MURDERS IN THE RUE MORGUE, 1932
Cast: Sidney Fox, Bela Lugosi, Leon Ames, Bert Roach, Betty Ross Clarke
Itís Paris 1845, and the psychotic Dr. Mirakle (Bela Lugosi) will prove to man its kinship with the ape by injecting the blood of a primate into women, but with every attempt a failure, the bodies of the young women end up in the morgue. Touring with the circus, the Crow-Magnum eye-browed Doctor and Eric the ape, his caged companion, take a strong liking to audience member Ms. Mlle. Camille L'Espanaye (Sidney Fox), and together they hunt her down for use in the experiment. But Camilleís love interest-- medical student Pierre Dupin (Leon Ames)-- has been on the trail of Dr. Mirakleís murders. Dupin must race against time and work around the law to save the damsel in distress from the creepy doctor and his monstrous ape.
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After both director Florey and legendary actor Bela Lugosi were dropped by Universal Studios from Frankenstein in 1931, they turned to this project with the help of writers Tom Reed, Dale Van Every, and cinematographer Karl Freund, the late director of the 1932 classic The Mummy staring Boris Karloff. The film speaks loudly for this era of cinema, an age when the craft was still in its training wheels. Sound had only been introduced into film 5 years previous, thanks to the groundbreaking, ever so racists black face film, The Jazz Singer, and the monumental importance of pacing had yet to be fully understood.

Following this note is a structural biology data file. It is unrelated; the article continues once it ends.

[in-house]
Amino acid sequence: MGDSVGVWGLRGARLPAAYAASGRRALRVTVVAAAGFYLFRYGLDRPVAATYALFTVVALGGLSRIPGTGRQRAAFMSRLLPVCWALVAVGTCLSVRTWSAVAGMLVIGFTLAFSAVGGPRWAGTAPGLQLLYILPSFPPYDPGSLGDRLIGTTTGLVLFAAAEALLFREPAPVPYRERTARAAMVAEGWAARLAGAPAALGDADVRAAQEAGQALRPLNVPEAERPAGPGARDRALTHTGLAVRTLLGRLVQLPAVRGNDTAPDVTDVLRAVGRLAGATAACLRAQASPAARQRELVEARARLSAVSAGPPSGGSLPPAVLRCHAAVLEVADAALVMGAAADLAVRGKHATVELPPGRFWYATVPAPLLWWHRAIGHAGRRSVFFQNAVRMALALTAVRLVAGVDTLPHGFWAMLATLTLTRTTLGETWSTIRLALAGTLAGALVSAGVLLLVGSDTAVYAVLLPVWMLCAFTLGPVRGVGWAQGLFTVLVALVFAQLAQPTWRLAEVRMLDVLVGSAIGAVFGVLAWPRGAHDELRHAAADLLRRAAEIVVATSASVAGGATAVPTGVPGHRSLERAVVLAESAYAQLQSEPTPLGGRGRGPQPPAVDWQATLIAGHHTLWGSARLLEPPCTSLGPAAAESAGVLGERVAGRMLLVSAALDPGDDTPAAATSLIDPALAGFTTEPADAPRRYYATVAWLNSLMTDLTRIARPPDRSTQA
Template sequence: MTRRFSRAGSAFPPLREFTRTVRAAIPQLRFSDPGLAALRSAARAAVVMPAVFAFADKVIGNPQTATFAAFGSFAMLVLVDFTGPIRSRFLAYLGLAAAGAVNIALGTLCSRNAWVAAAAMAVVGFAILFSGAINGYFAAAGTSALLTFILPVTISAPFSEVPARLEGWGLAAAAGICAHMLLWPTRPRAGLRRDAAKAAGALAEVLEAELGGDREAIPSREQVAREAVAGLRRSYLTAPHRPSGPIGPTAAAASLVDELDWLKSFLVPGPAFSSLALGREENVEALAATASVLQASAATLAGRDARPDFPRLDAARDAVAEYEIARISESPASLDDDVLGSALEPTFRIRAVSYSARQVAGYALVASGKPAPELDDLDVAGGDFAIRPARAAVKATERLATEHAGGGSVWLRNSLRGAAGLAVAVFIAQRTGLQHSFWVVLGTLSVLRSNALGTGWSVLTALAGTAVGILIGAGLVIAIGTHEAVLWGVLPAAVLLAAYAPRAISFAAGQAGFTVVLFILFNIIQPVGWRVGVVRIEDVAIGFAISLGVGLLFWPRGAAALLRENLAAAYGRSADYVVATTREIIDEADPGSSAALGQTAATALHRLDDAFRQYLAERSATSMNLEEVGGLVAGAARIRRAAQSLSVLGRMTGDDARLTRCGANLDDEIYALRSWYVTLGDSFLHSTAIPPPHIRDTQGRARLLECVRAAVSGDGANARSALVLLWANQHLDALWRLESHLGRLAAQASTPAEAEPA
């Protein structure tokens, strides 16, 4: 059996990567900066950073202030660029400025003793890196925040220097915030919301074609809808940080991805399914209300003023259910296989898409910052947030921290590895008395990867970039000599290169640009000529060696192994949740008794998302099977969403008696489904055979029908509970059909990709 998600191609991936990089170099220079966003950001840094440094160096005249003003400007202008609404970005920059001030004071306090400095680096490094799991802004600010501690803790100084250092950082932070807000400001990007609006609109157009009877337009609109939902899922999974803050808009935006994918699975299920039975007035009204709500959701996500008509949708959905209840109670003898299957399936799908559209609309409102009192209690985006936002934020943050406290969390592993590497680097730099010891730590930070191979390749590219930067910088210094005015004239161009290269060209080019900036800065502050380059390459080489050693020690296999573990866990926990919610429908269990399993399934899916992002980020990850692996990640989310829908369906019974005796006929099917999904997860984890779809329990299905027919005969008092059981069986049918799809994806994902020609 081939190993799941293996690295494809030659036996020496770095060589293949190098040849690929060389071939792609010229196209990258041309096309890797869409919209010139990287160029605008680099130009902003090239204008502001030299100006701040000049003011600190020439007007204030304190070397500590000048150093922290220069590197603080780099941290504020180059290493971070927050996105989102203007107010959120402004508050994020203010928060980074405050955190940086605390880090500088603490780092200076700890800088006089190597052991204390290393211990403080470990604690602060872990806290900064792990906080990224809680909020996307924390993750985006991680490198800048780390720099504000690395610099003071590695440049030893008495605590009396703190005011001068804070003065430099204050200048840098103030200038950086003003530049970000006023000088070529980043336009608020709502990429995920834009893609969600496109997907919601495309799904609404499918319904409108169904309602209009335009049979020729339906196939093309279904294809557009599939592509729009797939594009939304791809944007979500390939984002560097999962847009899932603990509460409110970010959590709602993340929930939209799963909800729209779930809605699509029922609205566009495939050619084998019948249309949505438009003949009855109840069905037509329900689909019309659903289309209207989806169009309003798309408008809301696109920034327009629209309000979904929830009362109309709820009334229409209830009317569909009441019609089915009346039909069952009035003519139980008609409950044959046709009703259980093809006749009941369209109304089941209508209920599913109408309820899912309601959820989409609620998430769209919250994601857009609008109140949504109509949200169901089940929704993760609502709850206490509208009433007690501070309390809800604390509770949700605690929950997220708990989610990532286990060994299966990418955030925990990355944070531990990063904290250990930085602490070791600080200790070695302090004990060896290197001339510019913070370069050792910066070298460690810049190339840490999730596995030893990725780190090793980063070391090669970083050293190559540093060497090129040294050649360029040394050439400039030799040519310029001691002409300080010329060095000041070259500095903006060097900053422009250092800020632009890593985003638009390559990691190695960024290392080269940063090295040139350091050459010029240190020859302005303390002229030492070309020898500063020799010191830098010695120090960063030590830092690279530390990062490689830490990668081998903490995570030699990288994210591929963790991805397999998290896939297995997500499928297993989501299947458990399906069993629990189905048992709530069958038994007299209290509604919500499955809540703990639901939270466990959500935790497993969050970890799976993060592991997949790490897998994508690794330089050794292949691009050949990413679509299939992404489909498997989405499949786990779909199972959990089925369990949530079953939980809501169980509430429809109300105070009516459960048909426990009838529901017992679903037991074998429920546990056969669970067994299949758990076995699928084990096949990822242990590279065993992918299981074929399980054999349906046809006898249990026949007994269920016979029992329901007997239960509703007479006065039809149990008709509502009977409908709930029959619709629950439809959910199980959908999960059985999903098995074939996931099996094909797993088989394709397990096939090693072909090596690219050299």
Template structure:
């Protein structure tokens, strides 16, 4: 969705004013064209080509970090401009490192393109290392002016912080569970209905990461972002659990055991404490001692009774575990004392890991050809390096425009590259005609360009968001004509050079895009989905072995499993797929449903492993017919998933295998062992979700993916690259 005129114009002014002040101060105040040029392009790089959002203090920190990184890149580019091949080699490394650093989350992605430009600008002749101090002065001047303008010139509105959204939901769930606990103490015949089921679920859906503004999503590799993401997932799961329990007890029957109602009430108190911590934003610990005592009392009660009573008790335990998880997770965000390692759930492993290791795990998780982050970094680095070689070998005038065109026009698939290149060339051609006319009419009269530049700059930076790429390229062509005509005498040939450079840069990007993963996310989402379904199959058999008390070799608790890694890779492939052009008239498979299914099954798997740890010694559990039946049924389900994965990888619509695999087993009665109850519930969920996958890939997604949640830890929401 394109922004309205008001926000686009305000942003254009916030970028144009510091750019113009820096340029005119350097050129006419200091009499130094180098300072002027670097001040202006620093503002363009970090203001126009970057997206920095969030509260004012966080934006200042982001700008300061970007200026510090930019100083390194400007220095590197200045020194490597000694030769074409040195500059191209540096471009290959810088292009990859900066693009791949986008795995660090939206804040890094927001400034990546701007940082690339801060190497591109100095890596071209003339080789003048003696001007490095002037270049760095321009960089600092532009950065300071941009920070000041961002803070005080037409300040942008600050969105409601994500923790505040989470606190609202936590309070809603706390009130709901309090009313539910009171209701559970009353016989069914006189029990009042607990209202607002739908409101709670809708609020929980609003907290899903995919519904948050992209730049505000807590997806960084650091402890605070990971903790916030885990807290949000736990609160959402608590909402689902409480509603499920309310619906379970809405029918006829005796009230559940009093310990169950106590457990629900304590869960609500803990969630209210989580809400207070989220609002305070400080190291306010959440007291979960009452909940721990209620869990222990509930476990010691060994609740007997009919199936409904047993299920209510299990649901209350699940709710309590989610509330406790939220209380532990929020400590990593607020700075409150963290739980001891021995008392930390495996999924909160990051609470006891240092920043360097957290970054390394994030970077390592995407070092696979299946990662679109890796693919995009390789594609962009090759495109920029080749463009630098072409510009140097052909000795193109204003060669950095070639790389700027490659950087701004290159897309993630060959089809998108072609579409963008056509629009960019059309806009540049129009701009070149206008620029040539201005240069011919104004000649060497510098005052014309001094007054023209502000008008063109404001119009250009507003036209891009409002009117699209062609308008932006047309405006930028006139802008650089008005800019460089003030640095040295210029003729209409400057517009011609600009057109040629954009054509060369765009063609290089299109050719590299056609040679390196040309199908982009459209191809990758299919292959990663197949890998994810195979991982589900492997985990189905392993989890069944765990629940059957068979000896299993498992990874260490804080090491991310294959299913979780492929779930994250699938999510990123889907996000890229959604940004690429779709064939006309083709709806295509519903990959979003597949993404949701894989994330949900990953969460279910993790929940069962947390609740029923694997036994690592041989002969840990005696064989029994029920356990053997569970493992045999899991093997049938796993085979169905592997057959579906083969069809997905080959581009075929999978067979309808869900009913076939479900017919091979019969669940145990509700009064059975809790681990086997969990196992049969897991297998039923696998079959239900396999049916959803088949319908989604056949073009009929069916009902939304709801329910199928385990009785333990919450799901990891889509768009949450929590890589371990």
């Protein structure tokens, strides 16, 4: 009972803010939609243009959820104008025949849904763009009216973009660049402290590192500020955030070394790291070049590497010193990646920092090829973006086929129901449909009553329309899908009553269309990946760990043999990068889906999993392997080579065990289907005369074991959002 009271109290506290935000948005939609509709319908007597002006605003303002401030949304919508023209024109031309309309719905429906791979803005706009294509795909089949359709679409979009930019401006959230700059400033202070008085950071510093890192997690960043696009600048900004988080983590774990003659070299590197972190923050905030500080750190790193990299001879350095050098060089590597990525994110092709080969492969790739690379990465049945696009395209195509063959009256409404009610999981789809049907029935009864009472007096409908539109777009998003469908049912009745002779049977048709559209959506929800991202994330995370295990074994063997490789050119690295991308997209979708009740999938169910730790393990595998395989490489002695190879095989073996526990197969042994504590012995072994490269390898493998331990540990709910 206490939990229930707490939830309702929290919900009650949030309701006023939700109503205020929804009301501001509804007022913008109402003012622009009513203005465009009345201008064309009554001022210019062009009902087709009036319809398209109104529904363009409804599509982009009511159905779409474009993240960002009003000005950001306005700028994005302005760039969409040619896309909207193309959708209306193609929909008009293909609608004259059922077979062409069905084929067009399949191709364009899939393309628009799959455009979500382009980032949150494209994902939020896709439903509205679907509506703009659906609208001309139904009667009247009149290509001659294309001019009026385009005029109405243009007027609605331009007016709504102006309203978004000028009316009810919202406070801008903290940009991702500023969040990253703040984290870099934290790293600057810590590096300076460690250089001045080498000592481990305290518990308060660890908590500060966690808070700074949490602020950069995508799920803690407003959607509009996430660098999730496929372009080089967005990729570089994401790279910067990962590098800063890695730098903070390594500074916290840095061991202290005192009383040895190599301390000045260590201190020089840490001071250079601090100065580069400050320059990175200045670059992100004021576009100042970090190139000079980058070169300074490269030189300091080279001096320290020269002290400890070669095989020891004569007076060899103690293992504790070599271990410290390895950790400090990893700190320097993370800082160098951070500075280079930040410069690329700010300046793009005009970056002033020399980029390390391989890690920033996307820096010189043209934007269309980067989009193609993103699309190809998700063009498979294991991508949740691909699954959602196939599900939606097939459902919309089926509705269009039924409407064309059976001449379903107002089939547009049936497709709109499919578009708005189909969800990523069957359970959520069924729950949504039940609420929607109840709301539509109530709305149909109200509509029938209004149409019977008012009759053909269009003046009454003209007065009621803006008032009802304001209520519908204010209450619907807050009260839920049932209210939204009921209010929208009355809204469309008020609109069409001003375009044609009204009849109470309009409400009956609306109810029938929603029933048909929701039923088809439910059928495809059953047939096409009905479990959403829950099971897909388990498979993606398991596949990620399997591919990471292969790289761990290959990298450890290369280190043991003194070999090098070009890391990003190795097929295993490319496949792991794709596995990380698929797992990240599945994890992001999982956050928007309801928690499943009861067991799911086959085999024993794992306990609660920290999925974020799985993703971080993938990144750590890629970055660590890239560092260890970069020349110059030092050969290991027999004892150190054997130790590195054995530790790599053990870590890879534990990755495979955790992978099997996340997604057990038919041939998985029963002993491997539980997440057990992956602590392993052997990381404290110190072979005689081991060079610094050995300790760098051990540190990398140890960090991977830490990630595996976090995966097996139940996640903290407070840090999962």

Karl Freundís cinematography manages to strike a visual nerve, something critics credited the film for during its release. Though it is watered down by poor rhythm, Freundís work is evident of his passion to tell a story through the lens, but the other side of that focal point has some trouble. Over-dramatized and out dated, the acting comes off too over the top with the modern day audience. Scenes drag on with unrealistic dialogue (maybe it worked back then?) and, unfortunately, it only works for a giggle now.
The film never hit classic status, but other horror intellects may disagree. Murders in the Rue Morgue has only been released on DVD in a Bela Lugosi collection and the original film was screened in early January (2010) at the Museum of Modern Art in New York City.